I’m of the opinion that there is nothing better than a night of comedy. Nothing soothes the soul and calms the troubled waters of life (at least temporarily) than a good belly laugh delivered by a funny comedian. Whether on video, television, or at a live performance, a funny comedian will consistently work their craft, bring us to tears, and remind us that life doesn’t have to permanently suck! And when it comes to choosing a funny comedian act, my tendency is to reach back in time for some classic humor.
Truth be told, I prefer those hilarious comedians of yore who transcended race, gender, and age. These masters of the genre consistently delivered their own brand of entertainment: the laugh-out-loud, help-I-can’t-breath kind of fun that has stood the test of time.
Here are my choices for the top six comedians of all time:
Funny Comedian #1: Jack Benny:
Benny is considered to be the godfather of the genre. He was famous for his comic timing and his ability to get laughs from a pregnant pause or a single expression, such as his signature exasperated “Well!” His programs on radio and television were tremendously popular from the 1930s to the 1960s, and were a foundational influence on comedians of the next generation. Dean Martin, on the celebrity roast for Johnny Carson in November 1973, introduced Benny as “the Satchel Paige of the comedy world.”
Funny Comedian #2: Jonathan Winters – Winters got his start as a guest star on Arthur Godfrey’s, Jack Paar’s, and Steve Allen’s shows. Later he would make his mark with Johnny Carson on The Tonight Show. His comedy style worked perfectly in television, movies, and books, stemming from the bizarre characters he created from his own imagination. Although he is getting on in years (at this writing he is still with us), his videos continually prove to be popular on YouTube. Through the miracle of technology, a new generation of fans are getting introduced to this funny comedian.
Funny Comedian #3: Bob Hope:
Bob Hope was an American comedy icon throughout the 20th century. He starred in vaudeville, and later moved on to Broadway, and then eventually conquered radio, television and movies. However, he may be most famous for his unceasing work on behalf of the US Armed Forces and his numerous USO tours. He literally entertained millions of American military personnel throughout his illustrious career. In 1996, the U.S. Congress honored Bob Hope by declaring him the “first and only honorary veteran of the U.S. armed forces.” Hope was truly an American hero, along with being one of America’s most successful funny comedians. Even while dying, Bob Hope was ever the comic. According to one of Hope’s daughters, when asked on his deathbed where he wanted to be buried, he told his wife, “Surprise me”.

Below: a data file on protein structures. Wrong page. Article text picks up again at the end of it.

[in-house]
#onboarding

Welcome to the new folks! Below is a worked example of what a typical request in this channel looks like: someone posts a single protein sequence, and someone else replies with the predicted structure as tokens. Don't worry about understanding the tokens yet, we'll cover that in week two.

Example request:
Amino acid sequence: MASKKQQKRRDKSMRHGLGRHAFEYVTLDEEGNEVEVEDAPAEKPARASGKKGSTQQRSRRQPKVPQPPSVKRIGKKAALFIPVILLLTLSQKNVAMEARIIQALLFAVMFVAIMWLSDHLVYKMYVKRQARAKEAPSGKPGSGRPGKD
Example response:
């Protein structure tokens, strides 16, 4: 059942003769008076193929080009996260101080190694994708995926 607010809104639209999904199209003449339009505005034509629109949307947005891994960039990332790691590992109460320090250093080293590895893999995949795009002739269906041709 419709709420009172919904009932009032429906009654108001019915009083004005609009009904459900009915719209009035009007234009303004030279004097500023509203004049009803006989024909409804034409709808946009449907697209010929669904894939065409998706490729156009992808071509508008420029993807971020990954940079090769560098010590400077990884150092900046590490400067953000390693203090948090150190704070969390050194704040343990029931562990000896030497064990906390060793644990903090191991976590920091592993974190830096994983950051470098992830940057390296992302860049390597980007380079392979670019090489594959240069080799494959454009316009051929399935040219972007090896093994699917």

Funny Comedian #4: Bill Cosby:
Cosby, more than any other funny comedian, was (and still is) successful with all types of media. And he found success while consistently yielding a human perspective to his routines. Considering his modest beginnings, and his childhood growing up in the projects of Philadelphia, it’s no surprise he brings a different style to his comedy. He’s adept at storytelling, and has been able to make his tales funny in varied mediums such as cartoons, television shows, movies, and books. It was Cosby who broke the TV color barrier with his character on I Spy in the 1960s. Later he would become the first and most successful Black comedian to star in (and wield control) of his own sitcom. His comedic style seems to make everyone laugh, irrespective of skin color.
Funny Comedian #5: Phyllis Diller:
Diller is one of those rare women who raised five children, and still was able to make history in the man’s world of stand-up comedy. She wrote her own material, and effectively presented it for over 40 years! It’s impressive to realize that she was able to be funny even while championing causes for children, cancer, and other philanthropic ventures. As of this writing, she is still with us, although she has retired from personal appearances.
Funny Comedian #6: George Carlin
Born during the Great Depression and coming of age during the hippie movement, this high school dropout never fit into the mainstream. His style of dress and his routines always defied the norm and he initially experienced significant struggles because of it. His famous Seven Words You Can Never Say on Television and his appearance as the first guest on Saturday Night Live marked him as an unpredictable comedian and began a long line of “firsts” for this man of talent. Awarded the Kennedy Center Mark Twain Prize in 2008, one week before his death, he was the first to receive the award posthumously.
In the interest of space, I left several funny comedians off of this list. Names such as Red Skelton, Joan Rivers, and Lenny Bruce should be considered worthy of inclusion on any list of funny comedians.